Tybee Island is Savannah’s beach. Situated less than 20 miles away at the mouth of the Savannah River, it is a favorite seaside destination, especially during the hot Georgia summers, attracting visitors from further afield as well as day-trippers out of the city. Getting to Tybee Island from Savannah
Tourism made Tybee and it remains central to its economy today, with family vacations a large part of its trade. Most of Tybee’s tourist attractions originate in the island’s early history, first as an outpost lightstation marking the mouth of the Savannah River, later as a site for military infrastructure. More about Tybee’s tourist sights
A railroad across the marshes – said to be impossible – brought thousands of tourists and daytrippers to Tybee from the late 19th century (the railroad bed has since been redeveloped as a biking and hiking trail).
The rising popularity of the personal vehicle and the construction of Highway 80 out to Tybee sealed its position as one of the southeast’s premier vacation destinations, later rivalled by the development of resort communities on other nearby barriers islands such as Hilton Head and St Simons.
Today, Tybee is a small seafront town of around 3500 permanent residents. Low-rise motels and beach homes line its long ocean-facing side, with none of the extensive high-rise development of Myrtle Beach or the Florida beach cities.
Tybee Island prides itself on its relaxed, casual atmosphere, which sets it apart from the other barrier island destinations along the stretch of coast between Charleston down to the Florida line.
Tybee’s main sights are the Tybee Island Lighthouse And Museum, at the north end of the island, and Fort Pulaski, three miles west of Tybee off Highway 80.
Tybee’s lightstation is one of the best-preserved in the country, with its keepers’ house as well as the light itself intact. The present lighthouse (the fourth built on the site) dates from 1867. Besides climbing the tower, you can also visit the small on-site museum. More details
Fort Pulaski, the site of the Civil War battle of the same name, is a restored 19th-century brick fort built as part of the United States coastal defenses.
A museum and interpretive programs outline the history of the fort. Cockspur Island, on which the fort is situated, is also a good place for hiking and wildlife watching, with trails and views over the adjacent Cockspur Island Lighthouse. More about visiting Fort Pulaski
Public dolphin watching tours operate out of Tybee Island, and private boat charters are also available to the nearby barrier islands and marshes. More about boat tours in the Tybee/Savannah area.
Tybee’s biggest draw is its beaches, of which it has more than 5 miles. The oceanfronting beaches are most often visited: South Beach, near the pier, is the busiest; North Beach, near the lighthouse, is usually a little quieter. Please note that dogs are not permitted on Tybee’s beaches. More about Tybee’s beaches, including information on parking and beach access points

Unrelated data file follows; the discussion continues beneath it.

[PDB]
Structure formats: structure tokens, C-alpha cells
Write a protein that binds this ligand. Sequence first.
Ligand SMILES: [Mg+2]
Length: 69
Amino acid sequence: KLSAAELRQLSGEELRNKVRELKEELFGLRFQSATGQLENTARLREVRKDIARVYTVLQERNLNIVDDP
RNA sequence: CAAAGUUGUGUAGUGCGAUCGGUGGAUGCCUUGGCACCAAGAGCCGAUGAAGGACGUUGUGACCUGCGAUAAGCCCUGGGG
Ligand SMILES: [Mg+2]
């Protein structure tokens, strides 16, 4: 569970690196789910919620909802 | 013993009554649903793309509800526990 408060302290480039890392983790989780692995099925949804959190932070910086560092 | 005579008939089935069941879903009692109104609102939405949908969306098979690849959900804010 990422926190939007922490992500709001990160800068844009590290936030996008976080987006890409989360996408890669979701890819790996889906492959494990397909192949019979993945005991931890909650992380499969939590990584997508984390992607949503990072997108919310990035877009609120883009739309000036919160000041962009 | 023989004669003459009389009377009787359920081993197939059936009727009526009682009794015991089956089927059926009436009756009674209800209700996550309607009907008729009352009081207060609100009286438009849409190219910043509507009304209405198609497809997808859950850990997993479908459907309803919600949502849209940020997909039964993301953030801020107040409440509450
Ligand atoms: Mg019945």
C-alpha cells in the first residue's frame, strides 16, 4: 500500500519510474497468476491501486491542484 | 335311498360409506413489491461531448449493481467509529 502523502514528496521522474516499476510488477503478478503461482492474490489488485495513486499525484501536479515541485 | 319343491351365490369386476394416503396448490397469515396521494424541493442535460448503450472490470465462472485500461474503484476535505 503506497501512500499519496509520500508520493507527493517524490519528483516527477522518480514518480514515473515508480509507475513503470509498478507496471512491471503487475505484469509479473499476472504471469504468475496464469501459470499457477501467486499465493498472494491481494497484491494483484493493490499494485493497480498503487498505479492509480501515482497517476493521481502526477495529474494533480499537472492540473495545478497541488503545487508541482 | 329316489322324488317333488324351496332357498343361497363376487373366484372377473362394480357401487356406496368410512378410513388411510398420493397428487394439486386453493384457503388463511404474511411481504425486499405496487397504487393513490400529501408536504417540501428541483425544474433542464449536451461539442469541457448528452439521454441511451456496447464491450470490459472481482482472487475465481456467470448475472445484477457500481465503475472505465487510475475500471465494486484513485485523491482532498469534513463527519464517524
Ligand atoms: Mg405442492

The Tybee Marine Science Center offers frequent guided walks of the beach and marshes around Tybee, for a more in-depth exploration of the area’s wildlife and ecology. See details
Ecological tours of Tybee’s beaches by local marine biologists are also available, suitable for both children and adults. More information
Tybee Island’s adjacent barrier islands and the tidal marshes between it and Savannah also provide many opportunities for outdoor activities and recreation.
Kayaking and paddleboarding are excellent ways to explore the creeks around Tybee. The neighboring undeveloped nature preserves of Little Tybee Island and Wassaw are favorite destinations, as are the Cockspur Island Lighthouse, the Savannah River and other waterways bordering Tybee Island itself.
Several Tybee Island establishments rent out kayaks or paddleboards for independent trips, but if you don’t have much experience, or don’t know the area, you can also take one of numerous guided paddling tours to any of these, and other, local destinations.
For a town of its size, Tybee Island hosts a good range of heavily-attended annual festivals and events, mostly held along either the principal thoroughfare of Butler Avenue or around the South Beach and Pier. Some of these events can bring enormous crowds to the small island community, and parking can be difficult to find.
Tybee’s event calendar begins with the New Year’s Day fireworks off the South Beach pier. A Mardi Gras Parade and Street Party is held each year in February; St Patrick’s Day is celebrated in similar style, with the island’s Irish Heritage Celebration Parade usually held a day or two off from St Patrick’s Day itself so as not to compete with Savannah’s much larger parade.
The spring months bring numerous festivals: in April and May are the week-long Tybee Wine Festival; the Savannah College of Art and Design’s Sand Arts Festival; Tybee’s Rainbow Days pride parade and celebrations; the Beach Bum Parade (and water fight); and the Orange Crush beach party.
Holiday fireworks are the biggest events through summer: the Independence Day celebration, usually held on a day to either side of July 4th, and Tybee’s Labor Day fireworks and beach party.
In October is Pirate Fest, one of the highlights of Tybee Island’s event calendar. Finally, the holiday season begins with a Christmas Parade in early December.